University of Canterbury’s ‘Eco-my-flat’ winners announced
Grey-water recycling, foraging for apples and building cider presses, building glasshouses, growing extensive vegetable gardens and organising community events aren’t things you’d normally associate with student flatting.
But these are exactly the sorts of things the 2010 participants of the University of Canterbury’s ‘eco-my-flat’ competition got up to during the first semester. In addition they raised native seedlings for environmental restoration projects, stopped up their draughts with hand-sewed ‘door snakes’ and preserved masses of fruit and vegetables.
The final winners were ‘Tauawhi’ on Hooker Ave, who won the Most Inventive and Supreme Flat awards, and ‘Frew Frew’ on Renfrew St, who won Most Improved. The awards were presented at a ceremony on Saturday evening by Parliament’s newest and youngest Member, Gareth Hughes MP who entered parliament for the Green Party following Jeanette Fitzsimons’ recent retirement.
About 100 students got involved in the competition, with a shortlist of eleven flats making it through to the final judging. “Judging was certainly tough,” said the competition’s organiser, Dr Matt Morris, UC Sustainable Practices Coordinator. “Our four judges studied over 50,000 words of student blogs and assessed the flat audits and eco-living workshop attendances to arrive at their final decisions. In
the end they had to give two ‘Highly Commended’ awards and they invented a new ‘Supreme Flat’ award because the standard was so high,” Dr Morris said.
The four judges were TV sustainability personality Te Radar, Christchurch City Councillor Chrissie Williams, the CCC’s Sustainability Advisor Tony Moore and the University of Canterbury’s Sustainability Advocate Dr Kate Hewson.
“I think I do quite well, but these people were just amazing,” said Cr Williams. “The extent that they’ve gone to, and all the changes they’ve made has been very impressive. The community building aspect was great to see. For strong sustainability this community dimension is so important,” she said, referring to the emphasis shown by the eco-flatters on getting to know their neighbours and other students involved in the competition.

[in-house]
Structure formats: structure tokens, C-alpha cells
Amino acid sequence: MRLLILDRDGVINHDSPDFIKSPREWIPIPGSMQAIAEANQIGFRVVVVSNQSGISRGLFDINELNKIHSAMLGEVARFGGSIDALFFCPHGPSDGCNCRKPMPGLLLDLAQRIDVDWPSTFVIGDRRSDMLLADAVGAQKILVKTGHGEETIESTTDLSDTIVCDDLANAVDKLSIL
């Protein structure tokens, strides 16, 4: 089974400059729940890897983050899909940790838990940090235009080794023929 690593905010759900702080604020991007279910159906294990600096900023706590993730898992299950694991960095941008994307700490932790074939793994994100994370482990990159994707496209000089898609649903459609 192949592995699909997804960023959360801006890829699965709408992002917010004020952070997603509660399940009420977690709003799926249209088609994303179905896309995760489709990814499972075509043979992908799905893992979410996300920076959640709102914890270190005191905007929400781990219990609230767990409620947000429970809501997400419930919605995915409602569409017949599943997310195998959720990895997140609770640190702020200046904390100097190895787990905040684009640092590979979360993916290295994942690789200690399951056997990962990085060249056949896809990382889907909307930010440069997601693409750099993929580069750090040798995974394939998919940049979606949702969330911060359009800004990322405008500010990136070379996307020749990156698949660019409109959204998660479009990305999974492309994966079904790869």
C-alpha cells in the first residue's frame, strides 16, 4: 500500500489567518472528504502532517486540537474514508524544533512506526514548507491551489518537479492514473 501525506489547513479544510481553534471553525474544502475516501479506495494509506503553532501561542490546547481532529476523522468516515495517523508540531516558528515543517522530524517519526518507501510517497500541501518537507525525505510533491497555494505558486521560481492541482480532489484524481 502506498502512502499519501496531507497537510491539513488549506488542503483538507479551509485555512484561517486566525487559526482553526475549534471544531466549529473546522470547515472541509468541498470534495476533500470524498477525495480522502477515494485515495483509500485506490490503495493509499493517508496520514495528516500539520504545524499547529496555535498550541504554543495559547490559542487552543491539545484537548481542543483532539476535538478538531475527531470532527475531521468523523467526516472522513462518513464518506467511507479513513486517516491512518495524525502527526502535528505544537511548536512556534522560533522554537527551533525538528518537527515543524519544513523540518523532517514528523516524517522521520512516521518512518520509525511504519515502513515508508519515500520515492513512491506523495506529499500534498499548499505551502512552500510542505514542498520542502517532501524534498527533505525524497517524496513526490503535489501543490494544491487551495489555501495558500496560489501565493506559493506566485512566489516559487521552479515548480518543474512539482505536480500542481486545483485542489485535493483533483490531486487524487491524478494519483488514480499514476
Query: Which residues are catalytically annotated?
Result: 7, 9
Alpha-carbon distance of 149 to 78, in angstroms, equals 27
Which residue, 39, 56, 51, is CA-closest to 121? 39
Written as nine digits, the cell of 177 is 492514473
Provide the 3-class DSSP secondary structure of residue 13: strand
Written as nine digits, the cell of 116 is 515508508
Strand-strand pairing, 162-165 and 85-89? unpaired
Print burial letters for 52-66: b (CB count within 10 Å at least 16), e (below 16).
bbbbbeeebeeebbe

Te Radar said that eco-my-flat “was a fascinating competition to judge.” He was impressed by the standard eco-improvements most of the flatters had made, but said he was looking for the flats that had “made sustainability sustainable” so that they could keep up their good work. He said he was also looking for flats that took the competition outside of the flat and into the wider community. “To
me sustainability is about communities and community building: allowing people the resources and inclination to become involved,” he said. “It was stirling work all round.”
The City Council’s Sustainability Advisor, Tony Moore, was equally impressed. “They were outstanding efforts. If everyone lived like this we’d probably live on Planet Earth forever. The range and depth of the commitment of the flatmates has been incredible this year. We need to get this throughout the country and at every university,” said Mr Moore, who has judged the competition for three years in a row.
Dr Kate Hewson said “the level of creativity and good humour that was shown by the participants is what I’ve enjoyed the most about the competition this year.” Dr Hewson has also judged the flats for three consecutive years.
The competition’s organisers had yet to make a final decision about whether to run it again in 2011.
“We are doing a full evaluation of the competition at the moment. But the feedback we’ve received so far as been so positive, and the results were saw were so fantastic that I’d think we’d almost certainly be running it again next year,” said Dr Morris.
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